Monday, March 15, 2010

March Madness

Most likely a pre-existing condition it is characterized by squandering pay checks in office pools, pizza deliveries and grunts & moans from the coach. If your alma mater isn’t included among the 64 chosen teams you may not even notice all the hoopla, unless of course you have money on the point spread.

Basketball is to urban America what baseball was to the pastoral in our collective imagination. It is an inner-city sport played on pot-holed courts, with dead rims behind chain link. Players held to hard ground as in bondage till they are sprung in manumission. Centuries of hang-time, climbing the air in grace for all those who fell before, they soar toward a promised place. The ball is claimed with a stretch and howl, trunk and elbows contoured like a sax, the way Yardbird held his wail, then passed like notes inside the paint, low post, quick pick and cut could be Miles, these riffs, double pump and a slam. Bodies as instruments in sync, one organism answering as if another verdict just came down.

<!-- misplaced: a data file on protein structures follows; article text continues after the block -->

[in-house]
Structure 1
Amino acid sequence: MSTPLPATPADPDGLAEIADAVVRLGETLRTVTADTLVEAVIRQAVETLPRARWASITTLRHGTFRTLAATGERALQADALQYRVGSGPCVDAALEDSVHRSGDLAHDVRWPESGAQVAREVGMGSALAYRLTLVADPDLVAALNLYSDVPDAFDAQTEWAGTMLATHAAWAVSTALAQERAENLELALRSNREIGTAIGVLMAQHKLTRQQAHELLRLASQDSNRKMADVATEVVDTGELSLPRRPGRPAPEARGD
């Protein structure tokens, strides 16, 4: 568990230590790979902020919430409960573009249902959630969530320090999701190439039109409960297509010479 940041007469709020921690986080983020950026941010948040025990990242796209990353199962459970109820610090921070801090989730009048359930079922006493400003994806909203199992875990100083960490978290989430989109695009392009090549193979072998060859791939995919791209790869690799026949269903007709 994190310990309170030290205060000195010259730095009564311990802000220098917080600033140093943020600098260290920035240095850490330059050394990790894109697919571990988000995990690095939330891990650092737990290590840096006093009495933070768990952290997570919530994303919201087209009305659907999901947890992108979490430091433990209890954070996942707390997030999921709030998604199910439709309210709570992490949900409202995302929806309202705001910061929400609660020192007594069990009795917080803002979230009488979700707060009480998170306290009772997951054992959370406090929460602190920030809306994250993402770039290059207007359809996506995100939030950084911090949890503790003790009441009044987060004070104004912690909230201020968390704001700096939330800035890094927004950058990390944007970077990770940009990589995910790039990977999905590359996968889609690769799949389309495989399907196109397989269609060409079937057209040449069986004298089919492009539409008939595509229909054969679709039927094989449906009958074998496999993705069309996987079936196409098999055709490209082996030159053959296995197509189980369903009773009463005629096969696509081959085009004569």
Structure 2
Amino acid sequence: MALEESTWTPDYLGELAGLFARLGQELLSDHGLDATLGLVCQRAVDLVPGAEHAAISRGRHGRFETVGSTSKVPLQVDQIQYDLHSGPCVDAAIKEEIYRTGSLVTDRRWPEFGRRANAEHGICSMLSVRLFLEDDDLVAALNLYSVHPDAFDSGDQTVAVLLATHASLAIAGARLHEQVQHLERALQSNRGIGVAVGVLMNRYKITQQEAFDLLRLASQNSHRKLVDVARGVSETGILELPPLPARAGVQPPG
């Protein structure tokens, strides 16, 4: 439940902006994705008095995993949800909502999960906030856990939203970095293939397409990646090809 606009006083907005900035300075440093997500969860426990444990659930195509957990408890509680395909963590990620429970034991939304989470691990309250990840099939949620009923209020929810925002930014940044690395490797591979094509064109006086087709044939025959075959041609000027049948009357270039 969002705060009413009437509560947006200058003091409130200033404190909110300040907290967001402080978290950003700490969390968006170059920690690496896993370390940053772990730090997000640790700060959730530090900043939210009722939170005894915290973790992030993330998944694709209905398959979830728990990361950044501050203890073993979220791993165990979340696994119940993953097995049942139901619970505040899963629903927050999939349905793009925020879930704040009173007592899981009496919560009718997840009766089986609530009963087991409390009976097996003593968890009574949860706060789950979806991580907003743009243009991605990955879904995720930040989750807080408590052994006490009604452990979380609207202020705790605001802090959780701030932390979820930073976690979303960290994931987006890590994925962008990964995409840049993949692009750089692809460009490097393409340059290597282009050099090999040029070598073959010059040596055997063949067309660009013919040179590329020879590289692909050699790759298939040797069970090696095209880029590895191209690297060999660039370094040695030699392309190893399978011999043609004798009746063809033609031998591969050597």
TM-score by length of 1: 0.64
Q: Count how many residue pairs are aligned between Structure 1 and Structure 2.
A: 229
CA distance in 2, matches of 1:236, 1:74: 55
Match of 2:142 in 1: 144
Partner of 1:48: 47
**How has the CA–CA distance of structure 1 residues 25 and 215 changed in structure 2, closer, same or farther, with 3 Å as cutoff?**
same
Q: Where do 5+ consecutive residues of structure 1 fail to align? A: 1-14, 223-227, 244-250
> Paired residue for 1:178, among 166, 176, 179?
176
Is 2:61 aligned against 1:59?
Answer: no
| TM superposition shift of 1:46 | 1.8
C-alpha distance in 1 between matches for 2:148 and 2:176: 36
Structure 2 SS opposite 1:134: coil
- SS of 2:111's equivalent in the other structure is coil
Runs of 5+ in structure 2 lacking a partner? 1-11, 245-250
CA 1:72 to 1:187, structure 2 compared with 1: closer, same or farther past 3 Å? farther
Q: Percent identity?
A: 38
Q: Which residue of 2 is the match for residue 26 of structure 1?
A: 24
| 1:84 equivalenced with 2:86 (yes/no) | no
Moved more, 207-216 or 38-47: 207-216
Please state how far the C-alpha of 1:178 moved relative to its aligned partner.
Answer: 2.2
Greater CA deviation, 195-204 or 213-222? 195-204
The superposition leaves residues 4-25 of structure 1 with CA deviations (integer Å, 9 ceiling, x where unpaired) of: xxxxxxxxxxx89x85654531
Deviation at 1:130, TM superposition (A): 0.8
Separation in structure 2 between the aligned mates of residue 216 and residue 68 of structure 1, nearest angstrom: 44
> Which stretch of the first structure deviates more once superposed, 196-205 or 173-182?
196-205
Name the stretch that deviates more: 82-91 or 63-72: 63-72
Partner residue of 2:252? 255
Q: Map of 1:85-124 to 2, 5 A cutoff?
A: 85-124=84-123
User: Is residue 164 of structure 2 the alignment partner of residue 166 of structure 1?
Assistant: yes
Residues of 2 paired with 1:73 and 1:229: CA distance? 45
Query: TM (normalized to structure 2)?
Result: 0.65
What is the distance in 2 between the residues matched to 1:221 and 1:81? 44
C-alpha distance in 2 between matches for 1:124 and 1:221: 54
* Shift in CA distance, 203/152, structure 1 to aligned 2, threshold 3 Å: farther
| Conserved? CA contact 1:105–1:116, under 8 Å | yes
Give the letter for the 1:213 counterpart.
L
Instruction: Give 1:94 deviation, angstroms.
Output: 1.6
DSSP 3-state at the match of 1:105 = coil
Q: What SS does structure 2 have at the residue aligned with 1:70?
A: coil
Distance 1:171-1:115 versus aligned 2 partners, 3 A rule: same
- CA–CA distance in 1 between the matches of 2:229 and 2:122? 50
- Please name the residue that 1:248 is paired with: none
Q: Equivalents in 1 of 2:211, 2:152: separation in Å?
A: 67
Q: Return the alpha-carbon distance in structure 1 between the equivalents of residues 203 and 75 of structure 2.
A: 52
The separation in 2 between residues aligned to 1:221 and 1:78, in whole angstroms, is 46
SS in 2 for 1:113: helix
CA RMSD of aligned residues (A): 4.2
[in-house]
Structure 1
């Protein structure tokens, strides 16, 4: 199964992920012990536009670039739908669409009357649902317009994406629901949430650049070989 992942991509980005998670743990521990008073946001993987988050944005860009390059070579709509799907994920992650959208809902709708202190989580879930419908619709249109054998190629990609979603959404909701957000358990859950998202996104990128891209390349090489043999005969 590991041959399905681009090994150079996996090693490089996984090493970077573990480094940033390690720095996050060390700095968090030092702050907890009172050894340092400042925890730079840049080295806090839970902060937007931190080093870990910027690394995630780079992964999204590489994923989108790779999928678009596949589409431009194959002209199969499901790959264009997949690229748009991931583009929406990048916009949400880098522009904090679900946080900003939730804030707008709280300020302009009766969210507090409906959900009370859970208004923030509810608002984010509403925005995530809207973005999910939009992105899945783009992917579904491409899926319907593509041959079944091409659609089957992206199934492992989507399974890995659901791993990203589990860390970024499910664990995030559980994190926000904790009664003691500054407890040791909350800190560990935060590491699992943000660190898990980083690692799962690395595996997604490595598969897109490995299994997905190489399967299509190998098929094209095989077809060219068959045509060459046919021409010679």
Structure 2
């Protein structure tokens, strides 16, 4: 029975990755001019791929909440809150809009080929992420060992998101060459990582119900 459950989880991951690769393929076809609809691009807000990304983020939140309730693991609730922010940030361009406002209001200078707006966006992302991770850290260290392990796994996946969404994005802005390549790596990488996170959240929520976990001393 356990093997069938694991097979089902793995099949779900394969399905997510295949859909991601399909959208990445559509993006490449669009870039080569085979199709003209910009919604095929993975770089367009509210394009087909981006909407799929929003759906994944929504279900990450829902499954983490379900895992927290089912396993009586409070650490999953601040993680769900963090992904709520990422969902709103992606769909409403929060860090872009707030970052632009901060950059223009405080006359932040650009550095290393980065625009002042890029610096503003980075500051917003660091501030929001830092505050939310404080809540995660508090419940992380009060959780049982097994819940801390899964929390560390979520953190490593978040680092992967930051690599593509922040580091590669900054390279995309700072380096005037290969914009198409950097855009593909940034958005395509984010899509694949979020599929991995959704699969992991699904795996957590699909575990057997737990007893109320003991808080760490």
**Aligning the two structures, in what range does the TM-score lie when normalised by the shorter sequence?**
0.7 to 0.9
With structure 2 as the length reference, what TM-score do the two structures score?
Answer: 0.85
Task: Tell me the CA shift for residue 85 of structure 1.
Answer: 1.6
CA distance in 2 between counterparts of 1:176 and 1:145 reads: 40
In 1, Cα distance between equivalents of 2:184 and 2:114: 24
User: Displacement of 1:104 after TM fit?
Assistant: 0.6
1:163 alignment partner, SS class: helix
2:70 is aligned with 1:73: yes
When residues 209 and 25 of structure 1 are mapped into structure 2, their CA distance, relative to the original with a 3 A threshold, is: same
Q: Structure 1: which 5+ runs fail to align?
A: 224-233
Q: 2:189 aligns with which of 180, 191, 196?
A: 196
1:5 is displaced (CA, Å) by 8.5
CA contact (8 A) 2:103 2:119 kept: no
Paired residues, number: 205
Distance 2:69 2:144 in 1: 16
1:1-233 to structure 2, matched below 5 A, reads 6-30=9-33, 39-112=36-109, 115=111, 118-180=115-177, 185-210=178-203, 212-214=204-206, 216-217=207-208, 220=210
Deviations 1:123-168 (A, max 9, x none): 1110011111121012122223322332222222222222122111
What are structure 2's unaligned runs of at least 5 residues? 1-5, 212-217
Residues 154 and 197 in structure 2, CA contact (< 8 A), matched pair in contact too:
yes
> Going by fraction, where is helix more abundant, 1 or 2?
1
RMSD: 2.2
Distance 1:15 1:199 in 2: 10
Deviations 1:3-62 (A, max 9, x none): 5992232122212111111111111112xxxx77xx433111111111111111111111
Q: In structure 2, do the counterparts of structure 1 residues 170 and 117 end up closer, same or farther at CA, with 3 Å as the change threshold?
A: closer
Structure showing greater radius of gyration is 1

When I played for my college as a freshman in 1950 it was a finesse sport. I was considered tall at 6 ft. 1. I quit after 5 games when I realized I couldn’t dribble and memorize structural formulas at the same time. My memories get polished every time I play that tape in my head; my fall-away jump shot, my vertical leap, my indefatigable tenacity. Damn, I was great! Ah, that rosy lens of time past….and no one around to dispute my hyperbole.

Now the game is played above the rim; bruised bodies, trash talk along with balletic moves and gravity-defying body control. The last 30 seconds can take twenty minutes and there better be someone around who knows CPR.

I love it all, even the clich├ęs of the coaches who will praise their opponent, like humble gladiators, and then conduct themselves like their lives depended on the outcome.

And indeed it does. Sports programs bring in millions to the college and their jobs are often on the line. It’s fun, it’s entertainment, it’s big business. Successful coaches scout kids in middle school and recruit them out of high school. Some bodies keep growing, others stop. Some are congenitally endowed. To get a scholarship is a prize but the bigger goal is the recognition and TV time to be noticed by the NBA.

The gifted athlete who receives inordinate adoration and privileges early on enters life with a handicap. By age 30 or 35 he finds that his swagger has no market in the real world. Eighty percent of professional athletes are divorced and/or broke within three years of retirement. And the great majority never make it that far. Maybe that’s why I reverted back from jock to nerd.

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